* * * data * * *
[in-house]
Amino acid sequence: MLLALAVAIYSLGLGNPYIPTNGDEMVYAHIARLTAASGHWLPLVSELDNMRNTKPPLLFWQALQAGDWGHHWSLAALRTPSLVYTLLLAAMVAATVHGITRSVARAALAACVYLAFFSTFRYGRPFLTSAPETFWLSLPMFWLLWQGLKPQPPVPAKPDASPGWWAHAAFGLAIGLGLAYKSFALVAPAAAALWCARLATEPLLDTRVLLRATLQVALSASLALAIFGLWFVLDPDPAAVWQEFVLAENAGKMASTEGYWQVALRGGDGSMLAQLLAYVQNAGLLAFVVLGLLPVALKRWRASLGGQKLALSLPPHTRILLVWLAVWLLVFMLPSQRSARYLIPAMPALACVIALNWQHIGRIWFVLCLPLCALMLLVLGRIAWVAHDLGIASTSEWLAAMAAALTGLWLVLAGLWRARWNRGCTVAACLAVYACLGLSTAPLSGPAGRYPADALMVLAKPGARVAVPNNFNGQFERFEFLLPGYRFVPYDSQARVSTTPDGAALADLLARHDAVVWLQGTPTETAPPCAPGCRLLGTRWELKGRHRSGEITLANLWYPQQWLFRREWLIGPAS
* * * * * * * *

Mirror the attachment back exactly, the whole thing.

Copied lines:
[in-house]
Amino acid sequence: MLLALAVAIYSLGLGNPYIPTNGDEMVYAHIARLTAASGHWLPLVSELDNMRNTKPPLLFWQALQAGDWGHHWSLAALRTPSLVYTLLLAAMVAATVHGITRSVARAALAACVYLAFFSTFRYGRPFLTSAPETFWLSLPMFWLLWQGLKPQPPVPAKPDASPGWWAHAAFGLAIGLGLAYKSFALVAPAAAALWCARLATEPLLDTRVLLRATLQVALSASLALAIFGLWFVLDPDPAAVWQEFVLAENAGKMASTEGYWQVALRGGDGSMLAQLLAYVQNAGLLAFVVLGLLPVALKRWRASLGGQKLALSLPPHTRILLVWLAVWLLVFMLPSQRSARYLIPAMPALACVIALNWQHIGRIWFVLCLPLCALMLLVLGRIAWVAHDLGIASTSEWLAAMAAALTGLWLVLAGLWRARWNRGCTVAACLAVYACLGLSTAPLSGPAGRYPADALMVLAKPGARVAVPNNFNGQFERFEFLLPGYRFVPYDSQARVSTTPDGAALADLLARHDAVVWLQGTPTETAPPCAPGCRLLGTRWELKGRHRSGEITLANLWYPQQWLFRREWLIGPAS